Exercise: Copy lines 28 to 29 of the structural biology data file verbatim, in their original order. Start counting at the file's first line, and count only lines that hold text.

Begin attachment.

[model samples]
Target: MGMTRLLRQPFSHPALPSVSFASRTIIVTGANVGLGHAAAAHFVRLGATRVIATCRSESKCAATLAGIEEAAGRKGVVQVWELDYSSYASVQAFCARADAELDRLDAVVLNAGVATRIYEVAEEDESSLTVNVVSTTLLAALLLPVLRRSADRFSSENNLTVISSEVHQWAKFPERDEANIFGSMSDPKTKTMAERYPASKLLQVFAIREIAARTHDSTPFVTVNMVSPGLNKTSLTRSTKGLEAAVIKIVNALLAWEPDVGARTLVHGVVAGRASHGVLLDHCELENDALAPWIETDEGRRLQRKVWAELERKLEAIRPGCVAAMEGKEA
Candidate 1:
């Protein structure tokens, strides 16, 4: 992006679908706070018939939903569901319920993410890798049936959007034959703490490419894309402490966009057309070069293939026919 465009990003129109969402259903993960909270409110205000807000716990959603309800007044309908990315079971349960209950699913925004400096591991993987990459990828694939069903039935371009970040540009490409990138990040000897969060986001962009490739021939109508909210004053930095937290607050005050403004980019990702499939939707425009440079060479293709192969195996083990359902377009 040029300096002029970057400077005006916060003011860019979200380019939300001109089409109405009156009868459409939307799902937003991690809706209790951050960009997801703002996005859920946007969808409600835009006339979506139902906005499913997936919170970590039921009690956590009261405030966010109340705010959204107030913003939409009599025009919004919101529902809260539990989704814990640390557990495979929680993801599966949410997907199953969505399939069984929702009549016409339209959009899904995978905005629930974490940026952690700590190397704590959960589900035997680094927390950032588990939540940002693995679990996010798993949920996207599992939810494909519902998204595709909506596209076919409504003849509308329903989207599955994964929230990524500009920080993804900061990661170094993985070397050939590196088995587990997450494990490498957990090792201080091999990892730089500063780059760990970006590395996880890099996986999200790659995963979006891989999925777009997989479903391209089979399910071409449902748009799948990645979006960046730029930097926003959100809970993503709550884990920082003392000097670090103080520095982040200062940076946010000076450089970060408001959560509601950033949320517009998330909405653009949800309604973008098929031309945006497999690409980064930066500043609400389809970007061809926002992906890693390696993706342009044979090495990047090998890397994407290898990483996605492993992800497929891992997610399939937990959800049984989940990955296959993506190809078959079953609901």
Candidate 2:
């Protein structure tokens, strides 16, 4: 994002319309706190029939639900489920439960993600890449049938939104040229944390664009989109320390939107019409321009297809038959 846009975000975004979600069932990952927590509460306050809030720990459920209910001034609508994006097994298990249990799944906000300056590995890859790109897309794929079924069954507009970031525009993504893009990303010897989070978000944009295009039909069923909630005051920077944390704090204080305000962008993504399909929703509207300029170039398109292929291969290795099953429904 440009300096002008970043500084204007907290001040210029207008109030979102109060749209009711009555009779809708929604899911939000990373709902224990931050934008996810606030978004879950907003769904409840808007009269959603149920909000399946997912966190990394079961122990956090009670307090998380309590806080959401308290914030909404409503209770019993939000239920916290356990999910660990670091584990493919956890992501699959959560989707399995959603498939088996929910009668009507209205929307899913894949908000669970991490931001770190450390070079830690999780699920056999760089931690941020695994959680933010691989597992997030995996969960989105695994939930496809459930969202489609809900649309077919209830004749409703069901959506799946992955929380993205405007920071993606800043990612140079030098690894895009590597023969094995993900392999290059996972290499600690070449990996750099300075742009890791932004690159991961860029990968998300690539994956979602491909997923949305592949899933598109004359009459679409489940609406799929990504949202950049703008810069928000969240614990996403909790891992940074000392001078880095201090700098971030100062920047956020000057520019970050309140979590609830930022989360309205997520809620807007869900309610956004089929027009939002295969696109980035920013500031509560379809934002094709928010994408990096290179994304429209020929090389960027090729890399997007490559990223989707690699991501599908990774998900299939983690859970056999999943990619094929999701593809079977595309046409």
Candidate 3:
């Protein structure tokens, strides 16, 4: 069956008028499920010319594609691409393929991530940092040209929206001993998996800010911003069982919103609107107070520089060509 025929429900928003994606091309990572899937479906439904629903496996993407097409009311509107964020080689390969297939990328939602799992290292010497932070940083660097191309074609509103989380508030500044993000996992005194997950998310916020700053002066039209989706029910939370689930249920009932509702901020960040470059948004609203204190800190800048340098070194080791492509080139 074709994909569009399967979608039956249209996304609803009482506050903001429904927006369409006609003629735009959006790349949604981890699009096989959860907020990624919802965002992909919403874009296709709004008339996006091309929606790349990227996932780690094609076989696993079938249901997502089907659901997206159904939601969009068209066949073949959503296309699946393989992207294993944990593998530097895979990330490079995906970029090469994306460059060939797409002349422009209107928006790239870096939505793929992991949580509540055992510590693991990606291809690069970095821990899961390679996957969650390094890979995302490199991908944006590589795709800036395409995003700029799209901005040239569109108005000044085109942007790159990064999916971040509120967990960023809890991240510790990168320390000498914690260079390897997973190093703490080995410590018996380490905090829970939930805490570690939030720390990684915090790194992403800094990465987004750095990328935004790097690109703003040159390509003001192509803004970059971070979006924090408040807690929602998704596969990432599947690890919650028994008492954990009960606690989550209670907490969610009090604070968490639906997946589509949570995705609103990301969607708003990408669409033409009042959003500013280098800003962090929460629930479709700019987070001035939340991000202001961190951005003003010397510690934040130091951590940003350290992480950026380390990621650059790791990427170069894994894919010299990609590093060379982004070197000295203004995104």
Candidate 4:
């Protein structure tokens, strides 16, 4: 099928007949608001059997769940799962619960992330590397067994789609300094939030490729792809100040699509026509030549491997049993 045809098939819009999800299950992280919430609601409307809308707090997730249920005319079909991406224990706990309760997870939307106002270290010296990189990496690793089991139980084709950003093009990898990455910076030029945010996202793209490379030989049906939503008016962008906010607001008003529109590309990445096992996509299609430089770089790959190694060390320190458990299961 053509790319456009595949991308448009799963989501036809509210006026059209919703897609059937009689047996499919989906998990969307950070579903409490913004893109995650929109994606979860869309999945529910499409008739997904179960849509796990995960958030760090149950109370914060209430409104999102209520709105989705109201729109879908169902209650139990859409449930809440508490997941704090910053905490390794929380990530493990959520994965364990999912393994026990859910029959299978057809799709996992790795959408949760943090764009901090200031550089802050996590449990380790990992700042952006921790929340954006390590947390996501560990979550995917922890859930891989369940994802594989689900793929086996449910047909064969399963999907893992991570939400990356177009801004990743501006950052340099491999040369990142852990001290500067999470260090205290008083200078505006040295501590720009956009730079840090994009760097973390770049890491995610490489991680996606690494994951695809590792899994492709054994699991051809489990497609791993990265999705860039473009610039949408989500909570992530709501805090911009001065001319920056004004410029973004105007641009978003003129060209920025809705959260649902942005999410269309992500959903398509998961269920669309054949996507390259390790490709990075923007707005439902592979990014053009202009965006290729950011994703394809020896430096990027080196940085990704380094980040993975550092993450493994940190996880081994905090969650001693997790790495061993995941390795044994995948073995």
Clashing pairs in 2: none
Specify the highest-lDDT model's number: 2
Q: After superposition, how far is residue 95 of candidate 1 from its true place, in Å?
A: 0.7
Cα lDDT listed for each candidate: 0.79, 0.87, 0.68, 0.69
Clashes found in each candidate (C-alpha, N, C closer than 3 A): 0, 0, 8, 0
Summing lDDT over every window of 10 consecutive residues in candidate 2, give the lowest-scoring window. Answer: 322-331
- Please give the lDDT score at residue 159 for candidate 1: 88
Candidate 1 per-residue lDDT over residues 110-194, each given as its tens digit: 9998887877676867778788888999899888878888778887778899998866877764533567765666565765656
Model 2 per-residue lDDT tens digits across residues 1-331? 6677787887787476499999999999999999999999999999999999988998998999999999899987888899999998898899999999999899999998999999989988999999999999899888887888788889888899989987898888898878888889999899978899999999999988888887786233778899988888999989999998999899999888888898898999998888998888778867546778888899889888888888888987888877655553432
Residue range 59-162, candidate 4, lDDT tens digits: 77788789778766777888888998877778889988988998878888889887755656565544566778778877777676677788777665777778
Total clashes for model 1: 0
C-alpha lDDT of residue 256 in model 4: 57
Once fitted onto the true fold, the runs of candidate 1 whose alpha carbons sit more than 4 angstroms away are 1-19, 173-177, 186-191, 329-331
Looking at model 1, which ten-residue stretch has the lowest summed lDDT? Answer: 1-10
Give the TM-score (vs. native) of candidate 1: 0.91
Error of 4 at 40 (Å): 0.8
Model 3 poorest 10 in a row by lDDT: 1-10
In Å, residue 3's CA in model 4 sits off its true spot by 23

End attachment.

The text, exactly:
Model 3 poorest 10 in a row by lDDT: 1-10
In Å, residue 3's CA in model 4 sits off its true spot by 23